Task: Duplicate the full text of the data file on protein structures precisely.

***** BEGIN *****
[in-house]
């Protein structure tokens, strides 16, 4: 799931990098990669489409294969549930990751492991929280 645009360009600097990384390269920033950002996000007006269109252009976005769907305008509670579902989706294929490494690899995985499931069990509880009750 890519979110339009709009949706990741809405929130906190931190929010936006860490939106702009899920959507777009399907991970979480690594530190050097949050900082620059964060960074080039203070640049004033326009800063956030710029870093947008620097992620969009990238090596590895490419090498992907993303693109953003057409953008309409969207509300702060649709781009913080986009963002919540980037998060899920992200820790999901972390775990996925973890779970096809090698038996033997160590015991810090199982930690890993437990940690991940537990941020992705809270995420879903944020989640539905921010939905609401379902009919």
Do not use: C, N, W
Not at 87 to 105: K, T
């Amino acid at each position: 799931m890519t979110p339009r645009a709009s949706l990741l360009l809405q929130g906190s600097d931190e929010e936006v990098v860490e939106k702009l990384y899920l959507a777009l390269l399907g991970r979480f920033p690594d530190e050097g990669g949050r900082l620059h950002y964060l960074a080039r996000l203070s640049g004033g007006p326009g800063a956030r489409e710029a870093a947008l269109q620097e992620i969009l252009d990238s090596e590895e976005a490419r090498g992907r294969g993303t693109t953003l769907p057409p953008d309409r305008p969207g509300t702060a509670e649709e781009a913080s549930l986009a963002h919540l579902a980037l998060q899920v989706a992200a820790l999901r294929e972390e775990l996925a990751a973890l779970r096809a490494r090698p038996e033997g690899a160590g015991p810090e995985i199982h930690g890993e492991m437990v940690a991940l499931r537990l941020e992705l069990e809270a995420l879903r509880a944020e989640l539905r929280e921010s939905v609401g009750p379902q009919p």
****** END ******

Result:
[in-house]
């Protein structure tokens, strides 16, 4: 799931990098990669489409294969549930990751492991929280 645009360009600097990384390269920033950002996000007006269109252009976005769907305008509670579902989706294929490494690899995985499931069990509880009750 890519979110339009709009949706990741809405929130906190931190929010936006860490939106702009899920959507777009399907991970979480690594530190050097949050900082620059964060960074080039203070640049004033326009800063956030710029870093947008620097992620969009990238090596590895490419090498992907993303693109953003057409953008309409969207509300702060649709781009913080986009963002919540980037998060899920992200820790999901972390775990996925973890779970096809090698038996033997160590015991810090199982930690890993437990940690991940537990941020992705809270995420879903944020989640539905921010939905609401379902009919």
Do not use: C, N, W
Not at 87 to 105: K, T
């Amino acid at each position: 799931m890519t979110p339009r645009a709009s949706l990741l360009l809405q929130g906190s600097d931190e929010e936006v990098v860490e939106k702009l990384y899920l959507a777009l390269l399907g991970r979480f920033p690594d530190e050097g990669g949050r900082l620059h950002y964060l960074a080039r996000l203070s640049g004033g007006p326009g800063a956030r489409e710029a870093a947008l269109q620097e992620i969009l252009d990238s090596e590895e976005a490419r090498g992907r294969g993303t693109t953003l769907p057409p953008d309409r305008p969207g509300t702060a509670e649709e781009a913080s549930l986009a963002h919540l579902a980037l998060q899920v989706a992200a820790l999901r294929e972390e775990l996925a990751a973890l779970r096809a490494r090698p038996e033997g690899a160590g015991p810090e995985i199982h930690g890993e492991m437990v940690a991940l499931r537990l941020e992705l069990e809270a995420l879903r509880a944020e989640l539905r929280e921010s939905v609401g009750p379902q009919p």